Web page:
A Brave Move
An Oregon newspaper will not use Indian team names
On Sunday the readers of the sports section in the Portland newspaper The Oregonian found out that Deion Sanders was leaning toward a full-time career with "the baseball team" in Atlanta. That would be the Braves, of course, but the paper did not mention them by nickname. From now on The Oregonian will not use such team names as Braves, Chiefs, Indians, Redmen or Redskins.
In an editorial on Sunday, managing editor Peter Thompson explained that the paper would not be a passive participant in the furthering of racial and cultural stereotypes, and he quoted publisher Tim Giago of the Lakota Times, a weekly Native American newspaper in South Dakota: "The sham rituals, such as the wearing of feathers, smoking of so-called peace pipes, beating of tomtoms, fake dances, horrendous attempts at singing Indian songs, the so-called war whoops, and the painted faces, address more than the issues of racism. They are direct attacks upon the spirituality of the Indian people.... Stop insulting the spirituality and the traditional beliefs of the Indian people by making us mascots for athletic teams. Is that asking so much of America?"
It may indeed be asking too much for all the teams that rely on the Native American image to do the politically correct thing overnight. But it's not too much to ask fans to stop their silly masquerading as Native Americans. Nor is it too much to ask the Cleveland Indians to waive Chief Wahoo, the ridiculous caricature who appears on their paraphernalia. After all, major league teams change their logos all the time; the Baltimore Oriole is now at least ornithologically correct.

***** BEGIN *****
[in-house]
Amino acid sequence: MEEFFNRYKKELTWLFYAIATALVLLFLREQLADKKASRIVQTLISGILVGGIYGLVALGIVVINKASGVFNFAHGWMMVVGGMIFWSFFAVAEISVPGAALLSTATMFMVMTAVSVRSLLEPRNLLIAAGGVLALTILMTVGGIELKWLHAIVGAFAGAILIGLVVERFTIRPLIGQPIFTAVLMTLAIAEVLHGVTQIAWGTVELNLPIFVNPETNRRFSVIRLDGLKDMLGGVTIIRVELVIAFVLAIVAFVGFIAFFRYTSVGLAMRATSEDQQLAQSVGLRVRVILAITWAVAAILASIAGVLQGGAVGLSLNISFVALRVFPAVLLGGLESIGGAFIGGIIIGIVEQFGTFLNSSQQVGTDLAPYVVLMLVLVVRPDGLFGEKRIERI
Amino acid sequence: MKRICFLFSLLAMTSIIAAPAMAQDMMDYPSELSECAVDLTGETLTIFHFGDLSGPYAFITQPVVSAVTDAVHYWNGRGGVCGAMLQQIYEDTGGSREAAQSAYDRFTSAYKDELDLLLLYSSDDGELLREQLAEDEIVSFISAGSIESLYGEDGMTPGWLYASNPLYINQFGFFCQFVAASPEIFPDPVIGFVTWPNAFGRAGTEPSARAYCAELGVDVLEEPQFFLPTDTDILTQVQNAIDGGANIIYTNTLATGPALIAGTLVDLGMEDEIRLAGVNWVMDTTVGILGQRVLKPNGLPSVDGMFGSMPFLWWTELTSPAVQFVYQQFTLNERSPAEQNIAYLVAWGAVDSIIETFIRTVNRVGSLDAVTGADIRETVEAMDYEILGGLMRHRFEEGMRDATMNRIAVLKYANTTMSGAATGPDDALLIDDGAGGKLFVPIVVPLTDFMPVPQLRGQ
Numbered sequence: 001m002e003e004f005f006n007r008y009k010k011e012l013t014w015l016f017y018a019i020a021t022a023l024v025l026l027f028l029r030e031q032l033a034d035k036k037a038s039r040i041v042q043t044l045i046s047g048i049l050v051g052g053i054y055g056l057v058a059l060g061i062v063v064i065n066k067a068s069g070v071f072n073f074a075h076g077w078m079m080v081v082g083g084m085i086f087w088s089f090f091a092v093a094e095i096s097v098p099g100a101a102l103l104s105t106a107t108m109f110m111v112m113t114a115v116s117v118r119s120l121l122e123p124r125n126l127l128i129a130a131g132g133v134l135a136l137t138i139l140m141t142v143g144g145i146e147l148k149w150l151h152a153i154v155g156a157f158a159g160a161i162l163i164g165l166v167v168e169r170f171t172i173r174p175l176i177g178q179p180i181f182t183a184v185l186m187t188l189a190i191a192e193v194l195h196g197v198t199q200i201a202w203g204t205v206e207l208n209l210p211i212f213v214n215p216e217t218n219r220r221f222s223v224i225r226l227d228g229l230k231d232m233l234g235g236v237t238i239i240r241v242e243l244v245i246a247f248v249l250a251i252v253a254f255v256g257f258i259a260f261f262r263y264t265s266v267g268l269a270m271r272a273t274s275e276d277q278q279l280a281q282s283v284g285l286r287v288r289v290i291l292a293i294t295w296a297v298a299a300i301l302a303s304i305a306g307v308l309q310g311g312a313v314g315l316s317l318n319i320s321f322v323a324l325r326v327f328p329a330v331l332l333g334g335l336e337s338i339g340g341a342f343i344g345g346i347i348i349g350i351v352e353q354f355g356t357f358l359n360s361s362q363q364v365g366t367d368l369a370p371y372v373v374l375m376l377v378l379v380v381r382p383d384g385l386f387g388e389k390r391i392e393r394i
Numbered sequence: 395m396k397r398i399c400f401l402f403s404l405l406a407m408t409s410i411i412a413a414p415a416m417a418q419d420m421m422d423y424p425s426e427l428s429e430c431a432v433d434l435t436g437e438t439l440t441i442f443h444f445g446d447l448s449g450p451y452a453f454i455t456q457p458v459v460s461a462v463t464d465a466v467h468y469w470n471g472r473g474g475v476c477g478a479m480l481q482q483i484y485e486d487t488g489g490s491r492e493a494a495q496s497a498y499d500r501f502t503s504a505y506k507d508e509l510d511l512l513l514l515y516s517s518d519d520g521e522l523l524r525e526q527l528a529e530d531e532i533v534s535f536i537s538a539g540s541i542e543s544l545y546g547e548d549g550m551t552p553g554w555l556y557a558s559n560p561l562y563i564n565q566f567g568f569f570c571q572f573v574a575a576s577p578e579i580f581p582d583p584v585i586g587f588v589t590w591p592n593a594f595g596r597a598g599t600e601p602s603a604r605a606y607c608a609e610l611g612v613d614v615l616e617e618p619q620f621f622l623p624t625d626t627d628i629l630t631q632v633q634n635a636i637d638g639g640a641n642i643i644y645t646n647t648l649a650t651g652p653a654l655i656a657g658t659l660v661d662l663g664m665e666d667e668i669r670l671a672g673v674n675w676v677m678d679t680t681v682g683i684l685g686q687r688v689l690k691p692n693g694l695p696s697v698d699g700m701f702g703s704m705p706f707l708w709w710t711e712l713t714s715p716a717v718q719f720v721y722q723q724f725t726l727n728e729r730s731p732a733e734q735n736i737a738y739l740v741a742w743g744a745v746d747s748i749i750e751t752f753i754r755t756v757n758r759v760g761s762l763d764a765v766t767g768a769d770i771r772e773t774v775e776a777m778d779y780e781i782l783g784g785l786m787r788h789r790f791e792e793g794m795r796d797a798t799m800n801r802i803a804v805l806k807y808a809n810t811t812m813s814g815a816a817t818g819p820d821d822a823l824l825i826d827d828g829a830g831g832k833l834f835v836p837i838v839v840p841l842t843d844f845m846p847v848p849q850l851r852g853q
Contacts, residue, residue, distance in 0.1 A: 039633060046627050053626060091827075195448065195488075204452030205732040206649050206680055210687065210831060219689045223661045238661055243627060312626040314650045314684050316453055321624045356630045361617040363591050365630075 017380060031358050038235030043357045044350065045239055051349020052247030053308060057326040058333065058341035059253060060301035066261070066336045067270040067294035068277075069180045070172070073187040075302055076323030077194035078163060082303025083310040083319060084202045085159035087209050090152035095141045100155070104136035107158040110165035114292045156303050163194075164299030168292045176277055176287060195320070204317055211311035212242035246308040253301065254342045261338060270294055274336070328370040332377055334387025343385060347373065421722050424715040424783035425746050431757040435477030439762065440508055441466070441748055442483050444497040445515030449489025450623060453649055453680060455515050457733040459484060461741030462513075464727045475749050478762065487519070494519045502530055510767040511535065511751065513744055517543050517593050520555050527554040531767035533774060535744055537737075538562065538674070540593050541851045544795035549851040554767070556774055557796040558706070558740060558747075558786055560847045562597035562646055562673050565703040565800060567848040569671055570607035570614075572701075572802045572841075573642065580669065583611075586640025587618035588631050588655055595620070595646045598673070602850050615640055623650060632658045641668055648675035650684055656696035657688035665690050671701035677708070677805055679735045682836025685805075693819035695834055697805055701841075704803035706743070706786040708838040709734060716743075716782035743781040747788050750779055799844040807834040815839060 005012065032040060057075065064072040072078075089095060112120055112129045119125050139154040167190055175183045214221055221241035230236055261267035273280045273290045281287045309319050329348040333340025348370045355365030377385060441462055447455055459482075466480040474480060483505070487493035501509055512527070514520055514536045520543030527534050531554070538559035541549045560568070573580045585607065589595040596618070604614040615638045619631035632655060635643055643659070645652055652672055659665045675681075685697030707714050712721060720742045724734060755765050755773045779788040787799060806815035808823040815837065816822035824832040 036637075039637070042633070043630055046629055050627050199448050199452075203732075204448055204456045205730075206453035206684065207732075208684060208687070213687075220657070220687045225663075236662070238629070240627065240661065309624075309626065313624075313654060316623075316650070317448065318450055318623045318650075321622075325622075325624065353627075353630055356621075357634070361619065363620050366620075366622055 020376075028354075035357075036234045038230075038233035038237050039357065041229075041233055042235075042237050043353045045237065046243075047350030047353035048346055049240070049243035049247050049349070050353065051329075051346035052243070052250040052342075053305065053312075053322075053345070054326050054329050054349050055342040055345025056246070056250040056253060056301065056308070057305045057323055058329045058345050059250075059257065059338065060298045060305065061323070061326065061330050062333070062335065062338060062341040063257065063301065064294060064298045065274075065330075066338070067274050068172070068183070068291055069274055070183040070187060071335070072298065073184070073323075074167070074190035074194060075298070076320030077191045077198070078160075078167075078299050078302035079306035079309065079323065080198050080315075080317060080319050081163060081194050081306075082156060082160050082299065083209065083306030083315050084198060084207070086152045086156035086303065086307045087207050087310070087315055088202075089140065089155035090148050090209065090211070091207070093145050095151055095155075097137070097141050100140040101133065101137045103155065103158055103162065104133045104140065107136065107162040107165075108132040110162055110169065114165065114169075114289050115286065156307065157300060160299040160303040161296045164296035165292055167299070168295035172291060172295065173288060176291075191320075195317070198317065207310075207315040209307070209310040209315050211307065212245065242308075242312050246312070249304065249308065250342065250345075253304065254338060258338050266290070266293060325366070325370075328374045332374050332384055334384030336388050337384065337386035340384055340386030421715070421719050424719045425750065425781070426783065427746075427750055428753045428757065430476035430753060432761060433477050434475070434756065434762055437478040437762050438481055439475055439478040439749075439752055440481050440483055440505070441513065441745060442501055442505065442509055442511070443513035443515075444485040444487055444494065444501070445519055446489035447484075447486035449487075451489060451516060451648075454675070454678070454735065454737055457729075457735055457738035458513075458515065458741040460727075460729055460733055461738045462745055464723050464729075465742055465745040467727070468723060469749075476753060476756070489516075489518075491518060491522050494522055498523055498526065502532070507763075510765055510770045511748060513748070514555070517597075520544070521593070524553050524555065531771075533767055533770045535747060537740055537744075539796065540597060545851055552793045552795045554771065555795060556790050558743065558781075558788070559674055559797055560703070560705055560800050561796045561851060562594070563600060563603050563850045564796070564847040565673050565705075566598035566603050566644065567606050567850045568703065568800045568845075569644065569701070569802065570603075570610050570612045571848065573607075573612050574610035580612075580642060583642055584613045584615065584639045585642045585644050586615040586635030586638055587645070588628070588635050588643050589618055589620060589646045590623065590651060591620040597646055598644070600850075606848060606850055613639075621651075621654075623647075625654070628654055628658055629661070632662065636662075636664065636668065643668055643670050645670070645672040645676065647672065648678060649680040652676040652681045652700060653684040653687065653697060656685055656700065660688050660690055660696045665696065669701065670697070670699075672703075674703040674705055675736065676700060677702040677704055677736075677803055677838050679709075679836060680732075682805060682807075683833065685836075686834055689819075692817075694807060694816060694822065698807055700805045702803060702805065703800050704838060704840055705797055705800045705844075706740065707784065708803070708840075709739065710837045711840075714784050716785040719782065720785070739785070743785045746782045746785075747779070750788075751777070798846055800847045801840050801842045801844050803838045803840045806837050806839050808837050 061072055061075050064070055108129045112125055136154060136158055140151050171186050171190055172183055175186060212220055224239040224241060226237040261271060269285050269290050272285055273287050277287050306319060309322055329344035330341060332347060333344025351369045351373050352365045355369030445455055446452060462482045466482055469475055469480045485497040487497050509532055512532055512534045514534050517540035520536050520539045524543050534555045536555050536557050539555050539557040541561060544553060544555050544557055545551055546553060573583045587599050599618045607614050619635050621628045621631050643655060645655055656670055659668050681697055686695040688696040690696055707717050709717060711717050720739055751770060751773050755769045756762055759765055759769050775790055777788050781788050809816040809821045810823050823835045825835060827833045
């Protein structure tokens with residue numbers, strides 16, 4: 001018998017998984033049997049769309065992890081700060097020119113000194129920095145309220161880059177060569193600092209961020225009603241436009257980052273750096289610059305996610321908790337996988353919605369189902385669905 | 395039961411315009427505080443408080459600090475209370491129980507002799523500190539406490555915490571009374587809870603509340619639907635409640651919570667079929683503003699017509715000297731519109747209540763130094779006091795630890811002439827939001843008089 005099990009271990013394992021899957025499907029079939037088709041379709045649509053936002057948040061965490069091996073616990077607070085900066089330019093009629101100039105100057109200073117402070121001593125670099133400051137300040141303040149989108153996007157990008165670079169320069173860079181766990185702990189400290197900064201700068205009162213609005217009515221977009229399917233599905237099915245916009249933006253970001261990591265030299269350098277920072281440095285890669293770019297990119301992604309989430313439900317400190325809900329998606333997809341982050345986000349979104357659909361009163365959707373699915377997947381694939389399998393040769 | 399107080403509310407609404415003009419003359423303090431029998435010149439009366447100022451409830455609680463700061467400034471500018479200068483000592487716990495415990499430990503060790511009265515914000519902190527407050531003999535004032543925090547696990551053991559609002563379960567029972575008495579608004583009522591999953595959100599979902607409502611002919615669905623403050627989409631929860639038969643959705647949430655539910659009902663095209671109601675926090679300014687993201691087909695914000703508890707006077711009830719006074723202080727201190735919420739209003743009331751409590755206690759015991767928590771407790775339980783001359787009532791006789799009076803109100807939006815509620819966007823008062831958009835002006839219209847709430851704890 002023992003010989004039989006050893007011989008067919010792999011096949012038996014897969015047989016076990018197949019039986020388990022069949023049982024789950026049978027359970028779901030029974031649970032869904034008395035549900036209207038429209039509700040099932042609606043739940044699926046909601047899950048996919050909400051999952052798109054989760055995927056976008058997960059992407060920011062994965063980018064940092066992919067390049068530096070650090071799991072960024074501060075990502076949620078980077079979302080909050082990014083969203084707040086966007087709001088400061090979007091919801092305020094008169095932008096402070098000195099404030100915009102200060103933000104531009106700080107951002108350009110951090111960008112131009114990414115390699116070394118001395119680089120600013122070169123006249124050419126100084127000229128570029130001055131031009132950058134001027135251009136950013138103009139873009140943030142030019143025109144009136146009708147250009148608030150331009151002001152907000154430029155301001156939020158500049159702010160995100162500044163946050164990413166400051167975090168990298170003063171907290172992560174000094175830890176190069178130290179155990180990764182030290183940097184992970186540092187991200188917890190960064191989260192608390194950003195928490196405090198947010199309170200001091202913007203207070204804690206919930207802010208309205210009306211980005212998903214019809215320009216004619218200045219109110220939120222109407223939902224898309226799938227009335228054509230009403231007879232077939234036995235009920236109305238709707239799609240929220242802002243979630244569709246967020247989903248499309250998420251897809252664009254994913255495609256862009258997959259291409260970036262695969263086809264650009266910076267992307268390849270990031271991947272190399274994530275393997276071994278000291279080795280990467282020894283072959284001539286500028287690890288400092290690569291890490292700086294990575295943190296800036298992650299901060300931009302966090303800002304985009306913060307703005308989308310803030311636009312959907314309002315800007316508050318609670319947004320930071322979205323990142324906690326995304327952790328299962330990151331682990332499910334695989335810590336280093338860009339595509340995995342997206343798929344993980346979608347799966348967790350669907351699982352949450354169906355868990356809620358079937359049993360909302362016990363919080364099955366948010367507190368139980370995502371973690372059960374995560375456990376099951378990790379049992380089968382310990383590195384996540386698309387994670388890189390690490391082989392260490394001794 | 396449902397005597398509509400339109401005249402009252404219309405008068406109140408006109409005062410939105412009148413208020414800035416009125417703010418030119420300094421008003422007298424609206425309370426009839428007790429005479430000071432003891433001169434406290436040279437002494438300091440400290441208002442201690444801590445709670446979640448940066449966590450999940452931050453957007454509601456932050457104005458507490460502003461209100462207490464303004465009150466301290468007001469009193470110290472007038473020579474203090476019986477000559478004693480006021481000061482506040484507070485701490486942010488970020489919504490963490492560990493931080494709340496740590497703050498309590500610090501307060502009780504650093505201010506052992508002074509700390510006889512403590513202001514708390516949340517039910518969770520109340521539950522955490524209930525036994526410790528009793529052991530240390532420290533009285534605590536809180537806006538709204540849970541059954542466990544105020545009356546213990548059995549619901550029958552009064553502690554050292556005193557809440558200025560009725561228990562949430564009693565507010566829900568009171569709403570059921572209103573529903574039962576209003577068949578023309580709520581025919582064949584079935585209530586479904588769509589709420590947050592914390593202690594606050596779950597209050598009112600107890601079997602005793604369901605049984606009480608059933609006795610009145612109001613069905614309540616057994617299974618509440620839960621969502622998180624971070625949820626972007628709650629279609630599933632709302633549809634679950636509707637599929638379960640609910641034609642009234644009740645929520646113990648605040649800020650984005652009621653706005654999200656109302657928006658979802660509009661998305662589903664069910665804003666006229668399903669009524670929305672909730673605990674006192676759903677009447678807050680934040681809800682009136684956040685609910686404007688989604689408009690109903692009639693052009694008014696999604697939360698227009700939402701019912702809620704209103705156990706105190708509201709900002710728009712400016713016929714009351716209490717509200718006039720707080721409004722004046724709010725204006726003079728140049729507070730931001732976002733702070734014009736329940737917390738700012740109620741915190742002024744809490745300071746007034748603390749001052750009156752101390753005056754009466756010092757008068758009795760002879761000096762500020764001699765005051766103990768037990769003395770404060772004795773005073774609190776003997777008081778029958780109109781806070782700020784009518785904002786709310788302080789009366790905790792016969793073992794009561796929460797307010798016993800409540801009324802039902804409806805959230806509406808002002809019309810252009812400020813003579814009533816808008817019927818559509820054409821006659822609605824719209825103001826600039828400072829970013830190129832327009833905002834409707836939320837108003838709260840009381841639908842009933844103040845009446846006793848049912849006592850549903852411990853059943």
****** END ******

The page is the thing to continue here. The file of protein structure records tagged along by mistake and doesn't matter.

The Oregonian's new policy is bold, but it is the tail wagging the dog; it's really up to teams using Indian symbols to change their names. Fans in Atlanta, Kansas City, Cleveland and Washington, D.C., may scream about tradition, but history tells us that the Braves were once the Boston Beaneaters, that the Chiefs were born as the Dallas Texans, that the first professional football team in Washington was called the Senators and that Cleveland baseball teams have also been known as the Spiders, Blues, Bronchos and Naps.
Is Cleveland really afraid the Indians won't be as successful if their name is changed?
Like Father, like Son
Another Allison, Davey this time, wins the Daytona 500
The first time a driver wins the Daytona 500, he usually says that it is the happiest day of his racing career. Yet on Sunday, after he won this year's 500, 30-year-old Davey Allison said that it was not his happiest day in racing. That had come in 1988, after another Daytona 500, when he finished second to his father, Bobby. "That was such a special day that I don't think anything could ever replace it," Davey said. "But as far as wins go, this is the best one I've ever had."
Sunday's race was not exactly a spine-tingler. Five favorites—Dale Earnhardt, Bill Elliott, Ernie Irvan, Sterling Marlin and Mark Martin—fell out of contention because of a 14-car pileup just before the halfway point of the race. "The wreck took out all the people who had a shot at winning, except Davey Allison," Martin said. Still, Allison had as much opportunity to succumb to that crash as anyone else. Coming out of Turn 2 on Lap 92 of the 200-lap race, Allison was right behind defending Daytona champion Irvan when Irvan dropped toward the apron, putting himself abreast of Elliott and Marlin. "I followed Ernie until he made it three wide," Allison said. "Then I said, 'Whoa! This is enough for me. I'm backing off.' I saw it coming. They just ran out of room, and they all got together. I moved to the outside, stood on the gas, looked in the mirror and saw all hell broke loose right behind me."
After deftly avoiding the melee, Allison cruised his Thunderbird to victory with barely enough challenge from second-place Morgan Shepherd, also in a Thunderbird, to keep the 140,000 at Daytona International Speedway from yawning through the final laps.